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robert rodriguez
Robert Rodriguez’s El Mariachi series has been the delight of Tarantino fans, as well as the general public. While never being a huge box office success (Desperado only pulled in about $25 million dollars in it’s domestic run in 1995) the series has won over the heart of fans who love the blast-tastic (yes I made a word up) gun battles and over the top violence that borders on the line between extreme and campy. Whereas Desperado was a delight to watch, Once Upon a Time in Mexico has its moments, but ultimately will fail to impress any series’ newcomer or bring back heart-warming nostalgia for any fan.

Once Upon A Time brings the focus away from El Mariachi (Antonio Banderas) and places it on Agent Sands (Johnny Depp) and his quest to bring down a drug kingpin (Willem Dafoe) and eliminate an overzealous general who would like to step into the shoes of the President. This is the cliff notes version of the movie, but once you sit down and try to read the whole thing it comes out in spurts and with so much inconsistency you could have sworn you were having a post-Taco Bell bowel movement. Sands enlists El Mariachi to take care of General Marquez, a man who killed his bride and daughter after the events in the second film. We are then introduced to a retired FBI agent (Ruben Blades), a beautiful Mexican agent (Eva Mendes), an American working for our favorite drug lord (Mickey Rourke), as well as many other characters with different degrees of impact on the story.

The whole problem with the film is there are so many storylines branching off of Sands that it becomes so convoluted you forget who is backstabbing who and just watch as the bullets fly. Rodriguez’s story, or lack of one, once again has El Mariachi losing another woman to a gun battle in almost the same way as he did in the first film in the series. The guy should wear a sign that warns women they may be seriously injured if they fall in love with him. In fact it almost seems ludicrous to give Selma Hayek second billing when she is in the movie for a total of 5 minutes. Granted those 5 minutes include a sultry Carolina armed with throwing knives, but still.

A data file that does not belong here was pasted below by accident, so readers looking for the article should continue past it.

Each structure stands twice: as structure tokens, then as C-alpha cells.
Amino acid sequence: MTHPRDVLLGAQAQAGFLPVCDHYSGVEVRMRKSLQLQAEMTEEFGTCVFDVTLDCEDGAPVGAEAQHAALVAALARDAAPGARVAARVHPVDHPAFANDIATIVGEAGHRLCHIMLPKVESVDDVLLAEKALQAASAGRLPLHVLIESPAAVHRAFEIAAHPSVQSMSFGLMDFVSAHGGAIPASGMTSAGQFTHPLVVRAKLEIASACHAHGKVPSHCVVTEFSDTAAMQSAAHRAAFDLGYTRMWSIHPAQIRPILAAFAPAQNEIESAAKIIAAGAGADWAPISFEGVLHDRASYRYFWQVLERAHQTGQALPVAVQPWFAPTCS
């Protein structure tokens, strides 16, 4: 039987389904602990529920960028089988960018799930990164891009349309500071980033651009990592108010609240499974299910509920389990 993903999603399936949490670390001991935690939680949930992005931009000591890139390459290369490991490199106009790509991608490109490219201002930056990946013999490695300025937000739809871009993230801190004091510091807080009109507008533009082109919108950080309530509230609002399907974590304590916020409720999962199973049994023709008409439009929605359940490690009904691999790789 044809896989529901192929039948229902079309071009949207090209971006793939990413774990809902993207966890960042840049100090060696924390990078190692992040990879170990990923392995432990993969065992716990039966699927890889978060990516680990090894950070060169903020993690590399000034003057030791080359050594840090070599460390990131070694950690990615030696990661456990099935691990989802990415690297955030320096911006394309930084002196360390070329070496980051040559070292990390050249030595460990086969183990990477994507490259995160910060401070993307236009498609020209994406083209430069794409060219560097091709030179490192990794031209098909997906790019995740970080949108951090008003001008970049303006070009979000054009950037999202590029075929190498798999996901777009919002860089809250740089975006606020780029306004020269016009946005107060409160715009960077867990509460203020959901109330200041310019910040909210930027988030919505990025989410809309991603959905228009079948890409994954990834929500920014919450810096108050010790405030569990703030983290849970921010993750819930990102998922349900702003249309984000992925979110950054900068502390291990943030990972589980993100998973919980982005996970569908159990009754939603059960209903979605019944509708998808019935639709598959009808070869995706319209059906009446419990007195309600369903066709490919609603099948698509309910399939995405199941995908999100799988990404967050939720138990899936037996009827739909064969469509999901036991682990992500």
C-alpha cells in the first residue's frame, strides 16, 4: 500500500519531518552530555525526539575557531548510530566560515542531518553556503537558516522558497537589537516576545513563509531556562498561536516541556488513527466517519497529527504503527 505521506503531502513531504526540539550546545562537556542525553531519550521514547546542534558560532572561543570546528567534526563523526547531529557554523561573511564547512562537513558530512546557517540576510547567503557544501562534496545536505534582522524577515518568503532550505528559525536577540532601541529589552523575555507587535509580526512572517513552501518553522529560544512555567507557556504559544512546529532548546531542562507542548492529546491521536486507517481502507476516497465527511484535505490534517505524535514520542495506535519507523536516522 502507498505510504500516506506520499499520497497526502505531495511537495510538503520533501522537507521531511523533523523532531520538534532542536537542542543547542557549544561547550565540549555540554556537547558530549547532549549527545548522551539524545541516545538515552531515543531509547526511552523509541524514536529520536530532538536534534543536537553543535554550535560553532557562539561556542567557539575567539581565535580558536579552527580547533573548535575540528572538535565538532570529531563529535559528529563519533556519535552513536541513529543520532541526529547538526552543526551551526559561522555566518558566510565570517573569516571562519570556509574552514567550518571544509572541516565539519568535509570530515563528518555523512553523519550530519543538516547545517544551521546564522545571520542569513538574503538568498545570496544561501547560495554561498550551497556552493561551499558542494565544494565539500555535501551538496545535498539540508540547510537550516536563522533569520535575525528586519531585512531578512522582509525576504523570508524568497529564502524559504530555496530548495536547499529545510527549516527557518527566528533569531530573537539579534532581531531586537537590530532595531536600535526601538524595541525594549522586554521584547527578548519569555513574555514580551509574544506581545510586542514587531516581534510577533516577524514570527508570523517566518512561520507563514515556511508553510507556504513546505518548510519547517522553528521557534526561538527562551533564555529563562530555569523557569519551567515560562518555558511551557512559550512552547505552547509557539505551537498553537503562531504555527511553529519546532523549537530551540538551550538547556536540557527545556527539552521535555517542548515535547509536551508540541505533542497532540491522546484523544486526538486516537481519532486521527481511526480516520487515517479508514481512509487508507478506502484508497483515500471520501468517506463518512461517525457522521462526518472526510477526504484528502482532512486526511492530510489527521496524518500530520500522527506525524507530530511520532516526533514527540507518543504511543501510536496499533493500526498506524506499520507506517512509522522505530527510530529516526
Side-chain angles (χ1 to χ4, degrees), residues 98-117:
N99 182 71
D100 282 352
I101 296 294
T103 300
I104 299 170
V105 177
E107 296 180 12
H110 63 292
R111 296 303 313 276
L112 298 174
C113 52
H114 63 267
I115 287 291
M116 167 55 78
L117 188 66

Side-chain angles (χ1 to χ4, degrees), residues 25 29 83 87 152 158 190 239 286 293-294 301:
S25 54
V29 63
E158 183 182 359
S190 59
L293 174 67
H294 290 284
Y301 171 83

The film isn’t for the faint of heart either. Rodriguez seems to have some fascination with empty eye sockets because one character has both eyes ripped out, and another stashes hidden notes in his empty hole. The ladder incident leads to one of the films funniest jokes. Then throw in the head shots and flying blood you could rival Freddy vs. Jason as the goriest film of the year.

When all is said and done the film doesn’t even feel complete. Could it be from the lack of anything coherent to follow, or from the fact that this is nothing more than a way to bring one of the coolest characters to grace the silver screen back and then shove him in the SNL-like-ensemble of action movies complete with a band? As much as I liked Desperado, I really wanted to like Once Upon a Time in Mexico because of the pedigree of writer/director Rodriguez and that of the cast (sans Banderas’ embarrassing work in Ballistic).

As I stated before, fans of the series may find little to remind themselves of Desperado, but that film was made eight years ago when movies weren’t as commercialized and stories meant more than how many heads we can see explode on-screen or how we can make the audience cringe. Once Upon a Time belonged in the July time frame when we didn’t care about this type of stuff, we, as moviegoers, just wanted to sit back and relax, but now something cerebral has to come our way or we may just stay home and see what a new season of TV has to offer.